The tweet is from May 15. It has already surpassed 3.3 million “impressions”. The author is Gonzalo Pérez (25), an Argentine based in Berlin, worker of a food delivery application at home. “I spent 54.41 euros. What I earn in less than five hours of delivery. I estimate that the food will last me for almost two weeks, “he said in the publication, attaching photos of the ticket and the products he bought in a supermarket in the city.
His latest tweet generated nearly double the number of views. But in much less time: 5.9 million in 24 hours. “I started working in delivery in September of last year -detail in the social network-. I have been gathering tips since then. A few hours ago I opened my piggy bank and had 2,118.50 euros“There he also added a photo of the coins.
Gonzalo’s “diary” allows you to take accounts: How much does a delivery man earn in Germany? And how much can you save? Clarion He spoke with him and two other workers, also Argentines. One of them, before arriving in Berlin, carried out the same activity in Copenhagen, Denmark. In that destination you can earn more.
Gonzalo Pérez in front of the Brandenburg Gate, in Berlin.
Every hour worked in Berlin is paid 10 euros. To that we must add 14 cents per kilometer traveled, plus tips. The average they get, they say, is one euro per order delivered. In addition, the application rewards them according to the number of orders delivered. It is an extra income.
Clarion also consulted workers who distribute in the City of Buenos Aires. Javier, for example, won $ 1,202 in just over three and a half hours of work. The day before he worked one hour less: he billed $ 577, at a rate of $ 223 in average income per hour.
In one night, only between the eight hours worked and the 23.10 euros that he claims to have collected from tips, Gonzalo added 103.10 euros. To that we must add what they pay him for kilometers traveled and the prizes.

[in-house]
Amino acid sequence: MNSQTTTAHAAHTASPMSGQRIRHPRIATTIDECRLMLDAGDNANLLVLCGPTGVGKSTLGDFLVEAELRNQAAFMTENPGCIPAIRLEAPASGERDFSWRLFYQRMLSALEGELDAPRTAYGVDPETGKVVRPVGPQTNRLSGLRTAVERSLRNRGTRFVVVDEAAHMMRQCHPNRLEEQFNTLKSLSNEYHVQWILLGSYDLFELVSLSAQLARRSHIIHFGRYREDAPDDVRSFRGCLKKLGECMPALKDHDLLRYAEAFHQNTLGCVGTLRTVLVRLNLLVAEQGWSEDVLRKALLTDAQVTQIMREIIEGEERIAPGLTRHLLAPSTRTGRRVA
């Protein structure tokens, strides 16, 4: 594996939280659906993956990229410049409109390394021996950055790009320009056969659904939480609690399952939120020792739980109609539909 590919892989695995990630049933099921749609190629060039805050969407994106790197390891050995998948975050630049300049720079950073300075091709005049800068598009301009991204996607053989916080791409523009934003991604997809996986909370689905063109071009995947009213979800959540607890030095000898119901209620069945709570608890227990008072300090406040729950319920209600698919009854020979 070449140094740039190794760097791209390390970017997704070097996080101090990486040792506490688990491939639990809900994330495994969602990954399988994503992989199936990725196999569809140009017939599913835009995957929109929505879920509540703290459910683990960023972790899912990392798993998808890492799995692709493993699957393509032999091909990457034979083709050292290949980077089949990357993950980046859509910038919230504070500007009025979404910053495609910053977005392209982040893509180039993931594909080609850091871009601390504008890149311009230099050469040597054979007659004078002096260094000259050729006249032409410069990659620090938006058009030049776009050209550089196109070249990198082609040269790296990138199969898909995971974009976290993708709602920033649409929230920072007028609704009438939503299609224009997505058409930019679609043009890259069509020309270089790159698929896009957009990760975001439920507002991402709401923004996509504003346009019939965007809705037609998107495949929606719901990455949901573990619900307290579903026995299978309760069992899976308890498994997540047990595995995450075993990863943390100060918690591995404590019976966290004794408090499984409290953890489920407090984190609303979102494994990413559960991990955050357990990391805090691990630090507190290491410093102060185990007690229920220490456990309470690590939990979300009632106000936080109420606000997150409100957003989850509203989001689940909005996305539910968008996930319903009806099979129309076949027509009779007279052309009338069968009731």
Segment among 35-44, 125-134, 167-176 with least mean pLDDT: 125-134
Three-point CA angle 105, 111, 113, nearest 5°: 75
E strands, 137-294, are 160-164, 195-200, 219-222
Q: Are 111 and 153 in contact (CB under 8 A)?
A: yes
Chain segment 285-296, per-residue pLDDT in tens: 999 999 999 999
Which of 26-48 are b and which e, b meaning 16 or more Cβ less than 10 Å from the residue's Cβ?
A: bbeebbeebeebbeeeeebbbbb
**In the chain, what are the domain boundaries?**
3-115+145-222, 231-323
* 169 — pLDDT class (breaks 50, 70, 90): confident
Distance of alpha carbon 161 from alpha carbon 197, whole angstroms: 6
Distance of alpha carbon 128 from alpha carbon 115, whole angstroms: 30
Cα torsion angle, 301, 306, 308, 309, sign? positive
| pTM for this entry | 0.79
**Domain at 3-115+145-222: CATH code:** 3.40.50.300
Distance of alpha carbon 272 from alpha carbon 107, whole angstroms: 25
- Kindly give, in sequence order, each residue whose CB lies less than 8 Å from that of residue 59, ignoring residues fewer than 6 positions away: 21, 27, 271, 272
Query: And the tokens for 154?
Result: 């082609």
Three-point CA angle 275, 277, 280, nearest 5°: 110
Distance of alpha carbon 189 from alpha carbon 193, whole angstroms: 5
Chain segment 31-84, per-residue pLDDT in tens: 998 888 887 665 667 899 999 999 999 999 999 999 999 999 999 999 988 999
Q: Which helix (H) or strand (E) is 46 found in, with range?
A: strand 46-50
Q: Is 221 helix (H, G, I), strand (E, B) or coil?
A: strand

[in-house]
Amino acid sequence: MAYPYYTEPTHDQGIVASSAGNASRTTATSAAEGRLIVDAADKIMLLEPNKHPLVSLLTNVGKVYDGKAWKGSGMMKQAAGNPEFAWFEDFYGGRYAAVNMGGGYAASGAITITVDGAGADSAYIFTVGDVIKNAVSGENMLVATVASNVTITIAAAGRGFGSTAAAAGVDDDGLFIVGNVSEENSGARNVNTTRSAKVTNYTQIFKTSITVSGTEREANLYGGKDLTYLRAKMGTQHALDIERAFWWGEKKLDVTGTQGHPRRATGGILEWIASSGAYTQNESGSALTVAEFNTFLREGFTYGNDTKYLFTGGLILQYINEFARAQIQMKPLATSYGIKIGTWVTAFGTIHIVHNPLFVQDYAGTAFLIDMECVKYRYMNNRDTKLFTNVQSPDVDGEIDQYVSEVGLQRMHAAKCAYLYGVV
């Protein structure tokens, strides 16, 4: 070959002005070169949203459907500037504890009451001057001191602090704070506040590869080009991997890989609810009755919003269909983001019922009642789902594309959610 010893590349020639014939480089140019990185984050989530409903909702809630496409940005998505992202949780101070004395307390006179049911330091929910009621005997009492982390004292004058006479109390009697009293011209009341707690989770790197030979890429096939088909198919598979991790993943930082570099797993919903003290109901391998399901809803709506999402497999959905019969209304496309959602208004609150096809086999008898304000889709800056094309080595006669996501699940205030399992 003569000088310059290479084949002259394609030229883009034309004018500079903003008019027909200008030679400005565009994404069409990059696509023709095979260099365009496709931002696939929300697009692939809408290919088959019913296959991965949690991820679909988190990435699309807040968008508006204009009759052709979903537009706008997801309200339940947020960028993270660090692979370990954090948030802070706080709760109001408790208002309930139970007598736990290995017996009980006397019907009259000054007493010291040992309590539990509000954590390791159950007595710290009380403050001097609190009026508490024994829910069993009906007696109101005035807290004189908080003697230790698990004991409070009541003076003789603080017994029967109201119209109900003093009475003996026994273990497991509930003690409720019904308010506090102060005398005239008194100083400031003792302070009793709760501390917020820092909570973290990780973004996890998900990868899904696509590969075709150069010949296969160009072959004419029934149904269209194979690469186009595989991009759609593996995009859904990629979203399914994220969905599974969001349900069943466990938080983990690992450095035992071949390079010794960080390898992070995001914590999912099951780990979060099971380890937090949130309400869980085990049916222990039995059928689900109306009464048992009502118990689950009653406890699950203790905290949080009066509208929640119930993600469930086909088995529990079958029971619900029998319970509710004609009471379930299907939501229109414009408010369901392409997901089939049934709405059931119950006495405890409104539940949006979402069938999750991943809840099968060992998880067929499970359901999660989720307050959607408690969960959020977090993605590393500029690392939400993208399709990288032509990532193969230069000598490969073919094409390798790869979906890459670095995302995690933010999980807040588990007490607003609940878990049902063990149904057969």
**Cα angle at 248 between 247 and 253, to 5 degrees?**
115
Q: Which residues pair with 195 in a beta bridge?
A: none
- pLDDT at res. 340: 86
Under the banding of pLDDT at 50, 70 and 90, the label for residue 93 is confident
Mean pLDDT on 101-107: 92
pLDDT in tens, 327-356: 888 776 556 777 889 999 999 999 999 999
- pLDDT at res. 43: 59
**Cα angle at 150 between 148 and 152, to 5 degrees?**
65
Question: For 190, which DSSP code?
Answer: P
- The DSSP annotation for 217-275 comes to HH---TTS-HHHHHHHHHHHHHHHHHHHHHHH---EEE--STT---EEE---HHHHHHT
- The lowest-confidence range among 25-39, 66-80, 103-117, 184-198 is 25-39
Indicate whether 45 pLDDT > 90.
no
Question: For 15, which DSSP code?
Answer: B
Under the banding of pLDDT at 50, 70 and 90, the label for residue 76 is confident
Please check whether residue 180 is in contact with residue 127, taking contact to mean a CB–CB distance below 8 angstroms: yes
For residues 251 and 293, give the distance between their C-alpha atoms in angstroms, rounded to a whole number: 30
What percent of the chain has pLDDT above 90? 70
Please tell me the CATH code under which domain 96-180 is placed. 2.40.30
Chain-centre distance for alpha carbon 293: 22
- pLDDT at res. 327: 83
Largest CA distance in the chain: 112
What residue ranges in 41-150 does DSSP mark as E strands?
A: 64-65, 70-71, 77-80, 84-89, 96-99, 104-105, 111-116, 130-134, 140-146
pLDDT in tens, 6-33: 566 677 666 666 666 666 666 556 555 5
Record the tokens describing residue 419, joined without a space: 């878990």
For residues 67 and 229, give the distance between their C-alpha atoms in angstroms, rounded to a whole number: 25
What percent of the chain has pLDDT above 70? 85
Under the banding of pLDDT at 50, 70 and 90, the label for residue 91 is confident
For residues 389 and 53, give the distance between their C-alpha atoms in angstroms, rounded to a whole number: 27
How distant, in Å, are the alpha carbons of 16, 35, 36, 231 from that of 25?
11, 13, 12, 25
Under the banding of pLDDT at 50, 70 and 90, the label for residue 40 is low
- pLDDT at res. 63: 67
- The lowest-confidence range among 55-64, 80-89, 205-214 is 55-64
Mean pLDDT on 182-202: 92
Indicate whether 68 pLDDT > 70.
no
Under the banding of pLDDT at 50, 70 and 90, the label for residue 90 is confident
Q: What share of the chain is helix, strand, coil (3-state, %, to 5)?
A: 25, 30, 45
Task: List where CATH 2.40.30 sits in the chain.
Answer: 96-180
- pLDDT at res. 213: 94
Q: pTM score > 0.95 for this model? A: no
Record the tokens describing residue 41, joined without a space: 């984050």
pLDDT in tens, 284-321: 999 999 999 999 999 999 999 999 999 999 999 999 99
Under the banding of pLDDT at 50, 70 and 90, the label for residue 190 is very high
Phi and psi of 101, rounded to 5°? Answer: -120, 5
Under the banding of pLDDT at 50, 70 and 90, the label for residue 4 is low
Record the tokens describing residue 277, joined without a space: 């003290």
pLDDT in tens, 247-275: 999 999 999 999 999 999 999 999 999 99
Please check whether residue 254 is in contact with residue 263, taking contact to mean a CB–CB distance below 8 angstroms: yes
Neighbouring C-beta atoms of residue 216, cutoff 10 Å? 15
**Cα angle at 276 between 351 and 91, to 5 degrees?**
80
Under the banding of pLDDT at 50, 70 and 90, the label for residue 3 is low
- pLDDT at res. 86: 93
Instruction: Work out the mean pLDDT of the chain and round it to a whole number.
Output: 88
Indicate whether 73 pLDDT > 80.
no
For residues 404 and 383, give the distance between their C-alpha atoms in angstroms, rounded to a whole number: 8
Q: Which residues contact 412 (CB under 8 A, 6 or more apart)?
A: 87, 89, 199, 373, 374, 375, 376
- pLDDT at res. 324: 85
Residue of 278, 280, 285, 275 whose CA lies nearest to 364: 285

Gonzalo lives in a student residence where he pays 300 euros for rent. On Supermarket, calculate a monthly expense of between 100 and 150 euros.
In April he published one of his pay stubs on his Twitter account: 2,225 euros between salary and tips. “I estimate that I will save at least 1,500“He said. And he adds:” Everything I tell is more to inform than to motivate others. I am interested in telling you that here, unlike what happens in Argentina, you can save by working “.
From Villa Devoto to Copenhagen
Leandro Serfaty (25) It is from Villa Devoto. He arrived in Europe in July 2019. After spending a few days in Madrid, he landed in Copenhagen, thanks to a visa that he had managed to work for a year.
Leandro Serfaty is from Villa Devoto. He has already passed through Madrid and Copenhagen and is now in Berlin.
He earned his first crowns (the local currency) by doing a changa: he was a moving assistant. Then he cleaned houses and offices through an application. He got tired and started as a delivery. He left for a while because of the cold. He was in a warehouse and later was a cook in a restaurant that closed due to the Covid pandemic. In March 2020 he returned to delivery.
“In a weekend I collected 4,000 crowns (537 euros). It’s a good job, and very comfortable: you don’t even need a good level of English. In Denmark I got to know 50 or 60 Argentines who worked the same. They pay 16 euros an hour“, he now tells from Berlin, where he does the same job. He lives in a residence where 15 Argentines live together: all are deliveries.
Leandro lives in a residence with other Argentines who also work as delivery men.